Tuna are a group of ocean fishes from the family Scombridae, particularly of the genus Thunnus. Tuna are fast swimmers, and some species are capable of speeds of 70 km/h (43 mph). Unlike most fish, which have white flesh, the muscle tissue of tuna ranges from pink to dark red. The red coloration derives from myoglobin, an oxygen-binding molecule, which tuna express in quantities far higher than most other fish. Some larger tuna species, such as bluefin tuna, display some warm-blooded adaptations, and can raise their body temperatures above water temperatures by means of muscular activity. This enables them to survive in cooler waters and to inhabit a wider range of ocean environments than other types of fish.
Canned tuna was first produced in 1903, quickly becoming popular. Tuna is canned in edible oils, in brine, in water, and in various sauces. In the United States, 52% of canned tuna is used for sandwiches; 22% for salads; and 15% for casseroles and dried, packaged meal mixes.
In the United States, only Albacore can legally be sold in canned form as "white meat tuna"; in other countries, yellowfin is also acceptable. While in the early 1980s canned tuna in Australia was most likely Southern bluefin, as of 2003 it was usually yellowfin, skipjack, or tongol (labelled "northern bluefin").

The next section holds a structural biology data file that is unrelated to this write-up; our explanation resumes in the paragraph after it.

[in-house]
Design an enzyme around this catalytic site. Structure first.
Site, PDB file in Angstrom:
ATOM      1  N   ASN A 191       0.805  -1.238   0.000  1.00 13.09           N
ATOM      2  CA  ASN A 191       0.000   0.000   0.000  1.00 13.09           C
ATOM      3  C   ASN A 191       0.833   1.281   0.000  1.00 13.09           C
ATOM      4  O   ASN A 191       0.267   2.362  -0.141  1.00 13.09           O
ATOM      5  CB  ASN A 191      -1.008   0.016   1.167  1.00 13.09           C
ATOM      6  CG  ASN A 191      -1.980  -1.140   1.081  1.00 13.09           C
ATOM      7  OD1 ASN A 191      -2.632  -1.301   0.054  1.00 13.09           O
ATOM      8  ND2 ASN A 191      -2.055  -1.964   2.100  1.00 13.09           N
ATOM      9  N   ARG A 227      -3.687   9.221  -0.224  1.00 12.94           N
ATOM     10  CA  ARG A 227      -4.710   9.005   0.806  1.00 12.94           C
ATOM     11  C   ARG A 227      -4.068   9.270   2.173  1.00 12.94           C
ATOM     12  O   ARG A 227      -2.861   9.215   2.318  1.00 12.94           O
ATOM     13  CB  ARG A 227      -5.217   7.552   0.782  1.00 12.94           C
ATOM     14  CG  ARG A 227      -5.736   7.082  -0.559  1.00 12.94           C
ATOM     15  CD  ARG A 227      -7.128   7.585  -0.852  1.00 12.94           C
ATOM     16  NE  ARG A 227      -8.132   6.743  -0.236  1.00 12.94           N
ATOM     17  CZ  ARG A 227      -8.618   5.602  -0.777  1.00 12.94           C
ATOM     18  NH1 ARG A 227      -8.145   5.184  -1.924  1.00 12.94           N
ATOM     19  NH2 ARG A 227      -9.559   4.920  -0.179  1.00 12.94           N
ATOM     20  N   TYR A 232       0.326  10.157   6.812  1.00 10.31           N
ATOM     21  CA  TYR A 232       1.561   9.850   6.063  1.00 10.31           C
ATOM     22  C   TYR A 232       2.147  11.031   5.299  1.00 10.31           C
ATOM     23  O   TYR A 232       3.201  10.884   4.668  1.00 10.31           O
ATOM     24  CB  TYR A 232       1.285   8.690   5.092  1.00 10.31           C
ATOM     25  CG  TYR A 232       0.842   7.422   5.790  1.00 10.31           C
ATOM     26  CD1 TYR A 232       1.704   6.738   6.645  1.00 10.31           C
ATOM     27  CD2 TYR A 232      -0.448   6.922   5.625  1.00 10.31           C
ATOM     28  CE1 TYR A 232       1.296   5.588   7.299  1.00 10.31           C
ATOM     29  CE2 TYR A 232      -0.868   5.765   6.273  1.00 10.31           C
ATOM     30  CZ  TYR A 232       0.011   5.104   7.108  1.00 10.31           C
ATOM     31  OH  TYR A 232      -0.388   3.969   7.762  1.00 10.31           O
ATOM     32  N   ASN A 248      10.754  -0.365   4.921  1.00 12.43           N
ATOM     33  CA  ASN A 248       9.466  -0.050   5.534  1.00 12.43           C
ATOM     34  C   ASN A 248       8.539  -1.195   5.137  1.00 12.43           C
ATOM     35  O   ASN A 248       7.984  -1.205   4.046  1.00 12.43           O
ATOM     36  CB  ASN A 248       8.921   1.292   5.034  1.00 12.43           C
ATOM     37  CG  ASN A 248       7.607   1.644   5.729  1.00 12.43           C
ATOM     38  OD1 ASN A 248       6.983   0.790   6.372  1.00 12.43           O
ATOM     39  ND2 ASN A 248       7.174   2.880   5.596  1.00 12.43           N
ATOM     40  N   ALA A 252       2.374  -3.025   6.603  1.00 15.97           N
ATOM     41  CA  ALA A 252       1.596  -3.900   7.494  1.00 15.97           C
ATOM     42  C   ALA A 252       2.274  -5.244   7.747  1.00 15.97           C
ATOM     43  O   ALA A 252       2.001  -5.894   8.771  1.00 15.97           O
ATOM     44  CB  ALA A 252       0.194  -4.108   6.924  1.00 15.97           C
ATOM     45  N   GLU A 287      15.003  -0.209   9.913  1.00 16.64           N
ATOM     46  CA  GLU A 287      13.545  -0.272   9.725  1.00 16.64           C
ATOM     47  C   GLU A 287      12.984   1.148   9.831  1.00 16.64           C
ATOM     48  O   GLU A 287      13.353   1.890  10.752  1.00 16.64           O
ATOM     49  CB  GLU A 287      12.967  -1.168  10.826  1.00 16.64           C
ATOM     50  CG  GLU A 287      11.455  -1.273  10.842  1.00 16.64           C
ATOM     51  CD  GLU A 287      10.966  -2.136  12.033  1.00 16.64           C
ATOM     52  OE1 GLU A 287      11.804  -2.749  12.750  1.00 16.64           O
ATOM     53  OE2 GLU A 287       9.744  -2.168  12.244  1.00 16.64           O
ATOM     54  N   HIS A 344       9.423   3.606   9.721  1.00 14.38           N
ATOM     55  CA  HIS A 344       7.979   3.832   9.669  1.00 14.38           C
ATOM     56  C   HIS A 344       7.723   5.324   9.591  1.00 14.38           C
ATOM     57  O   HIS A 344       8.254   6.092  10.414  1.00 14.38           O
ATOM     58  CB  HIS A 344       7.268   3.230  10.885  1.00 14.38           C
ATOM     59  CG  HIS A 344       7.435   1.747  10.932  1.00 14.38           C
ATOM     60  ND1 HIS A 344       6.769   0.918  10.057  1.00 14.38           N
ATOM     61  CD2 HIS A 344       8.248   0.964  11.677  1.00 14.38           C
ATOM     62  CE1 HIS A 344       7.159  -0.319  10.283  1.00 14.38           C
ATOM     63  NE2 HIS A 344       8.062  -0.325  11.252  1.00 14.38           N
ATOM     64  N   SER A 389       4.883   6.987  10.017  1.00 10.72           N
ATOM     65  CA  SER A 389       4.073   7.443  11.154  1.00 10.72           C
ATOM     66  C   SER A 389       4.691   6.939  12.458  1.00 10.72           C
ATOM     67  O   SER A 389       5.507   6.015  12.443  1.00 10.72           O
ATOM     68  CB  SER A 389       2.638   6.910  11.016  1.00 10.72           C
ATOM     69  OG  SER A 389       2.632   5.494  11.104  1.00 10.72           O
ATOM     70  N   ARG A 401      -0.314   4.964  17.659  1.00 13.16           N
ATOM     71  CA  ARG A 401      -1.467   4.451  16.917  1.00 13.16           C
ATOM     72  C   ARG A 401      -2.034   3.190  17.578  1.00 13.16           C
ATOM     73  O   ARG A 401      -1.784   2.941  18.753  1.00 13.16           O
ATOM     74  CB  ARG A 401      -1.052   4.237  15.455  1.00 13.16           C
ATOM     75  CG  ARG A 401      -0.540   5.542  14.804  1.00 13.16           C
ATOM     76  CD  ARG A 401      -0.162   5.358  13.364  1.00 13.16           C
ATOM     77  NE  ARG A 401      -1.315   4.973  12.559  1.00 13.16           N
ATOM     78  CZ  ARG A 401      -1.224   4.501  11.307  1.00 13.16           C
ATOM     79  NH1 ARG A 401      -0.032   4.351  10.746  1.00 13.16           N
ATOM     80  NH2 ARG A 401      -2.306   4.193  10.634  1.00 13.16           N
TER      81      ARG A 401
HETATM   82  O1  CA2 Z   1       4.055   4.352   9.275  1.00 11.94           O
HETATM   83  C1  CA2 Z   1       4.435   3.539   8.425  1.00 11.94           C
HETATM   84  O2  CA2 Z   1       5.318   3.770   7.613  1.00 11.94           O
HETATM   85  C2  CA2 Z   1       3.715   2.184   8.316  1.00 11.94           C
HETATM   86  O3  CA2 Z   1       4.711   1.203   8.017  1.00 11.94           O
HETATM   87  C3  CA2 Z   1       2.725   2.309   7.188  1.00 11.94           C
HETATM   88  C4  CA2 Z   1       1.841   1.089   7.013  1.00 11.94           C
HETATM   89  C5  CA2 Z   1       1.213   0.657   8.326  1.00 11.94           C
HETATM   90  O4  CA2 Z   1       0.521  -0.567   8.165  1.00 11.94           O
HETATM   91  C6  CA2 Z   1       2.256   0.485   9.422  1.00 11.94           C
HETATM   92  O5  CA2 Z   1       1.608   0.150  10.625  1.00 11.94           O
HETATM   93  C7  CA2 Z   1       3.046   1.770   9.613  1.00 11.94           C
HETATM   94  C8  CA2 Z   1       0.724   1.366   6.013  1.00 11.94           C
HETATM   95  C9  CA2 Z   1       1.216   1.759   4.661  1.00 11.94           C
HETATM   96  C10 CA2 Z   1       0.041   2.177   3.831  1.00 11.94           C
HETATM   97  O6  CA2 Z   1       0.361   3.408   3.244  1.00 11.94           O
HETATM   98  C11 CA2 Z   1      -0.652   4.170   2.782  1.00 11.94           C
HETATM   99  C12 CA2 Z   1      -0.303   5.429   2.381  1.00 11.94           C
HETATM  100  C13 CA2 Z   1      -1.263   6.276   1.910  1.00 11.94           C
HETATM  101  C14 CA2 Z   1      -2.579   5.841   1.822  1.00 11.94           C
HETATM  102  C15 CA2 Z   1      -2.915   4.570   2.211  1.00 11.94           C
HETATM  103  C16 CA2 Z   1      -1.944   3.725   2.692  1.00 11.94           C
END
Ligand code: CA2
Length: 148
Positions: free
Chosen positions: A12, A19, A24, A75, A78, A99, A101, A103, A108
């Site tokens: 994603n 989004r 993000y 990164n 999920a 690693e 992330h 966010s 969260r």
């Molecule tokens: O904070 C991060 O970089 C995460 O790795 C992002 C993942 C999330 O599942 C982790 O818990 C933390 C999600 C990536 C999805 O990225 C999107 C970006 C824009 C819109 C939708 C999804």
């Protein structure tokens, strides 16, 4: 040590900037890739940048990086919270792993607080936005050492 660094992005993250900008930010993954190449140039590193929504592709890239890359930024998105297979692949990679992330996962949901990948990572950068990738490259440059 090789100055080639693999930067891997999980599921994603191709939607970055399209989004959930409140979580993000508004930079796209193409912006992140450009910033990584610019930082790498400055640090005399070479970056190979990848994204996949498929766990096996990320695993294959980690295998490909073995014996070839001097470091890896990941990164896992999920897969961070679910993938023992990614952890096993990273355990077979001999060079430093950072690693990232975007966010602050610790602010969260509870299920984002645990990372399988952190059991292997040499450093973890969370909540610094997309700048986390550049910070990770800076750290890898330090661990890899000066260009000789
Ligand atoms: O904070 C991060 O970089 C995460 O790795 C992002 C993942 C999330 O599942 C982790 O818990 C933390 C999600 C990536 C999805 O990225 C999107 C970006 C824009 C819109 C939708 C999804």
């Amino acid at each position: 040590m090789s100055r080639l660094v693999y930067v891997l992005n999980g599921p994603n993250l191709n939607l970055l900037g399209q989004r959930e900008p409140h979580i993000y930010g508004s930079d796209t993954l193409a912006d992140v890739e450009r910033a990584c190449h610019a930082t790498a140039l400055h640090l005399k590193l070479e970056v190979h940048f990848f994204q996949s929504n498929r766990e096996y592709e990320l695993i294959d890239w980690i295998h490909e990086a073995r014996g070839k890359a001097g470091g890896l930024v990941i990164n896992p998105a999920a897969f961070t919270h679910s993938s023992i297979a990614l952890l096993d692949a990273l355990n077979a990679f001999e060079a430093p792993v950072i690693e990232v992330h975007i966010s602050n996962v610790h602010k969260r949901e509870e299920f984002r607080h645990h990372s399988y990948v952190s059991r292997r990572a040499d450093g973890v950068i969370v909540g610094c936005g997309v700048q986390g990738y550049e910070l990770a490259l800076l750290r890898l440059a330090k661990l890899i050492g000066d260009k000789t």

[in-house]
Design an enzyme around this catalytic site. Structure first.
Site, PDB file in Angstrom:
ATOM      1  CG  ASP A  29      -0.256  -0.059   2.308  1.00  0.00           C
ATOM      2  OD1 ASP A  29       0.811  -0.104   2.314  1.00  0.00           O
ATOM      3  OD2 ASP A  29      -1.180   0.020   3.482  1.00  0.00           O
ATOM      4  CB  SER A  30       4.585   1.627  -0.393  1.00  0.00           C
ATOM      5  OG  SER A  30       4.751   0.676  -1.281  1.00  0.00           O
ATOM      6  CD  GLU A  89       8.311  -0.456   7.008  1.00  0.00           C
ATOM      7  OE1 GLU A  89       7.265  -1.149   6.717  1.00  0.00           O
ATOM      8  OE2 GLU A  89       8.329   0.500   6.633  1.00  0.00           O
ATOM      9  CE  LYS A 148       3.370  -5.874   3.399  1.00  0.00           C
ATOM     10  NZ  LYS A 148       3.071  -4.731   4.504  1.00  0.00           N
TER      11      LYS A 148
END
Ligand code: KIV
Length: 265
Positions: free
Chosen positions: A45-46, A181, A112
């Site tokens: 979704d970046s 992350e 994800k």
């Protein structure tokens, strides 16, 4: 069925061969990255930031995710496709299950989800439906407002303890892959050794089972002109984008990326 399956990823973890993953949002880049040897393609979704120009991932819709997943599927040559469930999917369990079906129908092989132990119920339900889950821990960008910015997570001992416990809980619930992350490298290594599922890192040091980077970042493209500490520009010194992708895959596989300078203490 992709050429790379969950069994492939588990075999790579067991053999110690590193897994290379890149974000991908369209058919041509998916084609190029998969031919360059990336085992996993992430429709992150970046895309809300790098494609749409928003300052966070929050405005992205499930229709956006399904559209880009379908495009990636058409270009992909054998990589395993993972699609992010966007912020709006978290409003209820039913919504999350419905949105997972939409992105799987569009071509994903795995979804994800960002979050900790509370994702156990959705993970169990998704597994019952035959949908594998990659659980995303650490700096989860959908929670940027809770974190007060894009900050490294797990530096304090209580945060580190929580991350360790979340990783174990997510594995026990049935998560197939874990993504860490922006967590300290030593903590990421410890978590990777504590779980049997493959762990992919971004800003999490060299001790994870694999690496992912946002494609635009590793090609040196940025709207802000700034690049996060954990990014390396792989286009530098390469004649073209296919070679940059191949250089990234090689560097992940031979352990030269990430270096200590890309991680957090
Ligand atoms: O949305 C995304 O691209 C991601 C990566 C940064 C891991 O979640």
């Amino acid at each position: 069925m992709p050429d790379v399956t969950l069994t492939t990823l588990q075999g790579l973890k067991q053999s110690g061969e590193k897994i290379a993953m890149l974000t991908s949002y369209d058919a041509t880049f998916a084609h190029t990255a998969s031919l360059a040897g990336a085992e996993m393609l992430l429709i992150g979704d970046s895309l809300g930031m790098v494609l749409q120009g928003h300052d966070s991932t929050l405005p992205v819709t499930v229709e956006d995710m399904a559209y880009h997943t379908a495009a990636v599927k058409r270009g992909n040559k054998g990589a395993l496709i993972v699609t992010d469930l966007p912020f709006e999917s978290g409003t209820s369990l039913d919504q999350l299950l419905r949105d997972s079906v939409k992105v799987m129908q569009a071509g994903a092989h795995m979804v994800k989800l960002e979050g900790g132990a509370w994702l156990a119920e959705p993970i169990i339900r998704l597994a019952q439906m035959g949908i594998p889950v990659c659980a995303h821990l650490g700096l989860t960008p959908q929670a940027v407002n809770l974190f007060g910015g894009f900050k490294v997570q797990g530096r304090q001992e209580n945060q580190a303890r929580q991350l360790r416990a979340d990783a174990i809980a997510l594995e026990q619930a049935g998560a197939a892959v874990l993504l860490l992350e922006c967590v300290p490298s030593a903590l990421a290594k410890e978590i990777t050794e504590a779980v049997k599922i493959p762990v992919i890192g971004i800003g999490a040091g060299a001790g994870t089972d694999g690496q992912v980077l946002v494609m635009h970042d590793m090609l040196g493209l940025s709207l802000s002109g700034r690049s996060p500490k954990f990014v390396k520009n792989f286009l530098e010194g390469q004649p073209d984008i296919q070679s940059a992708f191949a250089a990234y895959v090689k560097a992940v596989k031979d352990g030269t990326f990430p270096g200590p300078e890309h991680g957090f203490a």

As tunas are often caught far from where they are processed, poor interim conservation can lead to spoilage. Tuna is typically gutted by hand, and later pre-cooked for prescribed times of perhaps 45 minutes to three hours. The fish are then cleaned and filleted, canned, and sealed, with the dark lateral blood meat often separately canned for pet food. The sealed can itself is then heated (called retort cooking) for 2 to 4 hours. This process kills any bacteria, but retains the histamine that can produce rancid flavors. The international standard sets the maximum histamine level at 200 milligrams per kilogram. An Australian study of 53 varieties of unflavored canned tuna found none to exceed the safe histamine level, although some had "off" flavors.
Australian standards once required cans of tuna to contain at least 51% tuna, but these regulations were dropped in 2003. The remaining weight is usually oil or water. In the US, the FDA regulates canned tuna (see part c). In 2008, some tuna cans changed from 6 ounces (170 g) to 5 ounces (140 g) due to "higher tuna costs".
Canned tuna can be a good source of omega-3 fatty acids. It sometimes contains over 300 milligrams (0.011 oz) per serving.
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Tuna Salad Platter
Copyright 2012, Christine's Pantry. All rights reserved.
2 (5 oz) cans tuna, drained
1/4 cup light may
1 tablespoon dill relish
1 tablespoon spicy mustard
1/2 orange bell pepper, finely chopped
salt and pepper, to taste
1 teaspoon parsley
1/4 cup walnuts, chopped
4 hard cooked eggs, peeled and cut in 1/2
In a bowl, combine the first 8 ingredients. Arrange the tuna, eggs and crackers on a plate. Enjoy!
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